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Our mission is to reverse the trend of mass incarceration in Colorado. We are a coalition of nearly 7,000 individual members and over 100 faith and community organizations who have united to stop perpetual prison expansion in Colorado through policy and sentence reform.

Our chief areas of interest include drug policy reform, women in prison, racial injustice, the impact of incarceration on children and families, the problems associated with re-entry and stopping the practice of using private prisons in our state.

If you would like to be involved please go to our website and become a member.

Wednesday, January 02, 2008

Graffiti Tools A Crime?

More ways for kids to go to jail...

DENVER - Taggers beware, simply having graffiti tools like spray paint cans, nozzles and tips, could become a crime if some Colorado state lawmakers have their way.

Representative Jim Kerr (R-Littleton) and Representative Andy Kerr (D-Lakewood) are sponsoring a measure to make the mere possession of graffiti tools a Class 3 misdemeanor, punishable by up to six months in jail and a $750 fine. They will introduce the bill when Colorado lawmakers return to work next week for their 2008 legislative session.

"I had a business at one time and I got tagged and I didn't like it," said Kerr, from Littleton. "(The taggers) are not doing home improvement so to speak."

The bi-partisan measure comes about as a recommendation from a task force of 22 law enforcement agencies from around Colorado. Police often describe coming into contact with adults carrying backpacks with graffiti tools and they can't do anything about it. The message from the task force was that graffiti is no longer just a big-city problem.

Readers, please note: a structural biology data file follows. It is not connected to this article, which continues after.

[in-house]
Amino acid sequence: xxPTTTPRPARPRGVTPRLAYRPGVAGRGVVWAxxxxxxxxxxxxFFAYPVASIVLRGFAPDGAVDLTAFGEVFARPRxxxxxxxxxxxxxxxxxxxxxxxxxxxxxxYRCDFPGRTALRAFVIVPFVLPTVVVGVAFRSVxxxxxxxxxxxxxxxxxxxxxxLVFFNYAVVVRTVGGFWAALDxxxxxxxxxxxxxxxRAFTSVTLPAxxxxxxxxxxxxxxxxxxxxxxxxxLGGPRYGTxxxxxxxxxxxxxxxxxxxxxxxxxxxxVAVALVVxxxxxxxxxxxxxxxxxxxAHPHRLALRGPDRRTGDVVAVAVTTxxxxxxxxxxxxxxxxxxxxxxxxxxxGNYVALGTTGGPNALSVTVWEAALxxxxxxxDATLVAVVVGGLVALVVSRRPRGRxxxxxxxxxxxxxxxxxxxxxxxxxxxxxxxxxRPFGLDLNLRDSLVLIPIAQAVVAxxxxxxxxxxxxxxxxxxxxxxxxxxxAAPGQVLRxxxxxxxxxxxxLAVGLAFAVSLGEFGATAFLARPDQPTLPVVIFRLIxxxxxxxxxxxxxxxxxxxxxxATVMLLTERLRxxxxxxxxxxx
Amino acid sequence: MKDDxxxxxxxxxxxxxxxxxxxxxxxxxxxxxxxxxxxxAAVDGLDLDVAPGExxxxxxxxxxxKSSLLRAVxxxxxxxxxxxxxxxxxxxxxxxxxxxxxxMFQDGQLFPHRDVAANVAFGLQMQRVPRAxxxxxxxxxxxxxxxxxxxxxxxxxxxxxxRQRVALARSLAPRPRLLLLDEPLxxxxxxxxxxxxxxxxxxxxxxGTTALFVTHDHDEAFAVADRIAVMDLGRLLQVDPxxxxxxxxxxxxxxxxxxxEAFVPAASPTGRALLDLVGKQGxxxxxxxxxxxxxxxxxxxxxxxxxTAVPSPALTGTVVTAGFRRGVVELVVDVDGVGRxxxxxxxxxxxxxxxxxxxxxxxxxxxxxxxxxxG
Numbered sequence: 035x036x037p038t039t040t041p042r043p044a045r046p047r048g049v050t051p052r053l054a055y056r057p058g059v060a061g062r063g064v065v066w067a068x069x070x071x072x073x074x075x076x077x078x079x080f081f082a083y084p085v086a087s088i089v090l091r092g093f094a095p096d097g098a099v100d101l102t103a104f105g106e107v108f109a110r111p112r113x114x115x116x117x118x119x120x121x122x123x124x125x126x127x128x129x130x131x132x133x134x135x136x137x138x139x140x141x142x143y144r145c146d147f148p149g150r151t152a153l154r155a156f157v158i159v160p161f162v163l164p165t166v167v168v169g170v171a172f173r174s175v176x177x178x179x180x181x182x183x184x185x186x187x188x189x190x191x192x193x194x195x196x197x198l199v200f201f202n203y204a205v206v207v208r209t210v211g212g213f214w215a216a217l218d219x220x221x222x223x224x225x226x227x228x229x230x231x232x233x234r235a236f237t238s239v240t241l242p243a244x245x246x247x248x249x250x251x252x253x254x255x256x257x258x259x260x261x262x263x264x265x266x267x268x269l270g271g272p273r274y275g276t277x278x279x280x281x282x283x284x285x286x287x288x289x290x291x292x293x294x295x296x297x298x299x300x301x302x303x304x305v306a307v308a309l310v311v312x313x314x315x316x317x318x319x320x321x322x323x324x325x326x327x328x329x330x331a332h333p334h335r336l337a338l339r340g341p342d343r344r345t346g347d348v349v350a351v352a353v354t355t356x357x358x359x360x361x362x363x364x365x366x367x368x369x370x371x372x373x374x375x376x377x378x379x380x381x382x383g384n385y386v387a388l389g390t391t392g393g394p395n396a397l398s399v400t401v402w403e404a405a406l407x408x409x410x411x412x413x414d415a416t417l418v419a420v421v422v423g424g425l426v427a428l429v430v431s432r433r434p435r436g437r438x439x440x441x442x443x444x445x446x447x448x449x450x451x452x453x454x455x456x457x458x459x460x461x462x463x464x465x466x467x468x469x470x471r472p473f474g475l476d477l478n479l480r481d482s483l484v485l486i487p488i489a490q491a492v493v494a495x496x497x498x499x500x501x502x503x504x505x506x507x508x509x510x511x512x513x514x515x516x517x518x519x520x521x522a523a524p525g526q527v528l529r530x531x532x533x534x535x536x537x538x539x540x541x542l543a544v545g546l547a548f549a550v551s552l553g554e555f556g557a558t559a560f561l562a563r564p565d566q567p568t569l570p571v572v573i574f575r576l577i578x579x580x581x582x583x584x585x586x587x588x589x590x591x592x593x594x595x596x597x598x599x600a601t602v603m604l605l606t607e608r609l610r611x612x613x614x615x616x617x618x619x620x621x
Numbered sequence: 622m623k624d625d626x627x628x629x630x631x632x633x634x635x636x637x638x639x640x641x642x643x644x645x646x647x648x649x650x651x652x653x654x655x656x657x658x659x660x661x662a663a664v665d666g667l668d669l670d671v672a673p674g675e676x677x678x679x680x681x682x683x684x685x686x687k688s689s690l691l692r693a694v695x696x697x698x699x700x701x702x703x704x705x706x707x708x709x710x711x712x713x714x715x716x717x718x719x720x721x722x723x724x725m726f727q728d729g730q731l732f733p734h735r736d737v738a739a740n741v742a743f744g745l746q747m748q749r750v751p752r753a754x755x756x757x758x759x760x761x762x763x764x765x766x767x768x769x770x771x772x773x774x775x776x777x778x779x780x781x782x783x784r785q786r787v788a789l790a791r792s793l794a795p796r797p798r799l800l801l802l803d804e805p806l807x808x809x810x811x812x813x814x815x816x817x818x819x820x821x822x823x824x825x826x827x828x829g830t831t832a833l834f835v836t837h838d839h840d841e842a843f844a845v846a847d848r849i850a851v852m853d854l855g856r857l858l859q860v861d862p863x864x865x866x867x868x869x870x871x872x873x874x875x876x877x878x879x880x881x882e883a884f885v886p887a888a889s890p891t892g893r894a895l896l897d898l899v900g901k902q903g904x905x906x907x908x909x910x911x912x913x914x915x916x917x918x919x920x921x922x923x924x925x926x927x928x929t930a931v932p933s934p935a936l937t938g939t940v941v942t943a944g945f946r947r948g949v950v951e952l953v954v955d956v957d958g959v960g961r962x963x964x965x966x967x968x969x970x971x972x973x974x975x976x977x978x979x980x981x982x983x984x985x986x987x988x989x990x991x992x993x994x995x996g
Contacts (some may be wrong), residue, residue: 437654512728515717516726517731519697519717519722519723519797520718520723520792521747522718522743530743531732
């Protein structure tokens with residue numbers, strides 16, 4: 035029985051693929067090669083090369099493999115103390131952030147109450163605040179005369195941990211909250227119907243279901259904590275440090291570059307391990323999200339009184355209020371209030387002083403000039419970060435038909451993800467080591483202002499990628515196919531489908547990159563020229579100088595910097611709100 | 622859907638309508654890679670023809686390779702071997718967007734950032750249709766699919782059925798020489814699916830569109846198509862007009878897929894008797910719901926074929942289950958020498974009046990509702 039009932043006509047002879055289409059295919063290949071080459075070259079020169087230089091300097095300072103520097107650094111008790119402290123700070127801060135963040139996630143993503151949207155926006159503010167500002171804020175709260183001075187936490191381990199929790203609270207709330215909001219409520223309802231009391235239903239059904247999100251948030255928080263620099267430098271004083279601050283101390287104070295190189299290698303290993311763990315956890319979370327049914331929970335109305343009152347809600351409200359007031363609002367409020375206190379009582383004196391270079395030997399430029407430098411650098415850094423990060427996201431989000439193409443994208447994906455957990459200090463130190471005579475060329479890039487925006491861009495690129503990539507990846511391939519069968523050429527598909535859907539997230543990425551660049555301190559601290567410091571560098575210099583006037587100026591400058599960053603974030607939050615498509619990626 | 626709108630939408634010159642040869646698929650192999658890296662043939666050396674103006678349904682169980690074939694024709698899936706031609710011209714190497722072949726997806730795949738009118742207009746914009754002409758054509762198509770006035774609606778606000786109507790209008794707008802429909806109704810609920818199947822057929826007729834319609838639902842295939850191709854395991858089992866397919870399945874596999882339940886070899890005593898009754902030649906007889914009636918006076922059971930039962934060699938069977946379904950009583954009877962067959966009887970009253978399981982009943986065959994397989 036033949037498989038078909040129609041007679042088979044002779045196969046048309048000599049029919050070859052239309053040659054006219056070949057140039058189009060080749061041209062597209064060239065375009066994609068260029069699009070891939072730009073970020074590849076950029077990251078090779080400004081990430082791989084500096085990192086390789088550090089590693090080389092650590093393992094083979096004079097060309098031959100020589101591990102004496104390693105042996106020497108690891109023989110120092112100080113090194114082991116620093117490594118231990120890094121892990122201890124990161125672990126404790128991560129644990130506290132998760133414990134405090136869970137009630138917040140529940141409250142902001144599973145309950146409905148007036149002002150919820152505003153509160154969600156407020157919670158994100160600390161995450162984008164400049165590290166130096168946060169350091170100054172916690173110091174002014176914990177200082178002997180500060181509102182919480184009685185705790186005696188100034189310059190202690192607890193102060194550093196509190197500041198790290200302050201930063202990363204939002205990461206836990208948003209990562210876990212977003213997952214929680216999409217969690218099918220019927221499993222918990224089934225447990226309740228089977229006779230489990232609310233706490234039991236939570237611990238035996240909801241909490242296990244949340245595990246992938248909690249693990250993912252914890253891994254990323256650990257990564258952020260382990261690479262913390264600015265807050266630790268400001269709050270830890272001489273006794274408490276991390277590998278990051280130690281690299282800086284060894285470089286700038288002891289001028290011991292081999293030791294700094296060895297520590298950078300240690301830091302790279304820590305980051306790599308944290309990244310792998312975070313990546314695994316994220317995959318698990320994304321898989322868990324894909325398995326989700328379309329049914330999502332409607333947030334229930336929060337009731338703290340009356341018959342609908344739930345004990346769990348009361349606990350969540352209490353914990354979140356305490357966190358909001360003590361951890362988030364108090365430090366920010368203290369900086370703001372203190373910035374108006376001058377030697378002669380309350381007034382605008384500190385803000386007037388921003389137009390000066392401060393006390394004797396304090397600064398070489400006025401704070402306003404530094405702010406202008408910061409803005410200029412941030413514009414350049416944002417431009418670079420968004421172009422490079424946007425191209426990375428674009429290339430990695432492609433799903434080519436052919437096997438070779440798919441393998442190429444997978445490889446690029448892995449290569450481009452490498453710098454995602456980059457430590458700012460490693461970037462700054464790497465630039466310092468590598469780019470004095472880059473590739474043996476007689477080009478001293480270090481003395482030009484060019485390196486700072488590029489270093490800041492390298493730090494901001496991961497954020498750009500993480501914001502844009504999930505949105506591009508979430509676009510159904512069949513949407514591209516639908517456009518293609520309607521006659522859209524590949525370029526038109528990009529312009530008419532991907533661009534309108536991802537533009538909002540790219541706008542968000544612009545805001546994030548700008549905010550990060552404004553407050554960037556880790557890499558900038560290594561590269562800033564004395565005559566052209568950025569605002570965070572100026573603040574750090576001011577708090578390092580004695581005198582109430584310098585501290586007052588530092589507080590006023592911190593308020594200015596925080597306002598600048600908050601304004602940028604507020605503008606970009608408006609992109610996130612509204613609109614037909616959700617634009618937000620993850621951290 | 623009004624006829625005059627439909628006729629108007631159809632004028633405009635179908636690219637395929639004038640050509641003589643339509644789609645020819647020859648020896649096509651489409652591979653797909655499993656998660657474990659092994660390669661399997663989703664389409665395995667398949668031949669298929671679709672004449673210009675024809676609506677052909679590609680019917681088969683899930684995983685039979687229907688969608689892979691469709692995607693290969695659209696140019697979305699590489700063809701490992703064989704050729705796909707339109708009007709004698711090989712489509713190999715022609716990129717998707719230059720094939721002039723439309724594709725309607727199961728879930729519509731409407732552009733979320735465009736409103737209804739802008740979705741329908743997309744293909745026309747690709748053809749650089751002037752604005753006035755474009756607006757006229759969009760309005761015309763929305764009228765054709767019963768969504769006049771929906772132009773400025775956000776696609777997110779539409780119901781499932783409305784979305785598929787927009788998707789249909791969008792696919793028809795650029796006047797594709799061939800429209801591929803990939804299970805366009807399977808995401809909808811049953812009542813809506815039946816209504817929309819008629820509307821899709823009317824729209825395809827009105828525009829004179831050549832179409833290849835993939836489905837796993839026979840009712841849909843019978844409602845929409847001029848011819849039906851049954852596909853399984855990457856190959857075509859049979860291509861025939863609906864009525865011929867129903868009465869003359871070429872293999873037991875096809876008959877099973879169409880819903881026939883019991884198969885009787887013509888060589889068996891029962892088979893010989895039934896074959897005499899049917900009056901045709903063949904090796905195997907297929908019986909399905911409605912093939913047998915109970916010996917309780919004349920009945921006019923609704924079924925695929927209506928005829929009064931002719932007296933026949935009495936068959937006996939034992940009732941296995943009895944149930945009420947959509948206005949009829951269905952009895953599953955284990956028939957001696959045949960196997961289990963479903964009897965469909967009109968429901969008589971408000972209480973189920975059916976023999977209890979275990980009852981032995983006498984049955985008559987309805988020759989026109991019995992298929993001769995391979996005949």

"Graffiti is a problem, not just here in Denver, it's a problem, I believe, statewide," said Det. John White of the Denver Police Department. He said the proposal does not target the person returning home from Lowe's, Wal-Mart or Home Depot to fix a patch in their garage.

"It would appear that being in possession of those items, you've got one thing in mind and that is you're going to go out and deface somebody's property," White said. "You're going to cause damage."

The legislation is patterned after other criminal statutes that have proven successful.

"We've used the same concept as we use with burglary tools or drug paraphernalia," said Kerr. "You don't have drug paraphernalia if you're not going to be doing some kind of a deal with drugs."

Kerr said he's heard of graffiti in state parks as well as at RTD facilities. In fact, he says RTD spends up to $1 million a year cleaning up graffiti.

9NEWS did not find a state lawmaker, at this time, voicing opposition to the measure.

9 News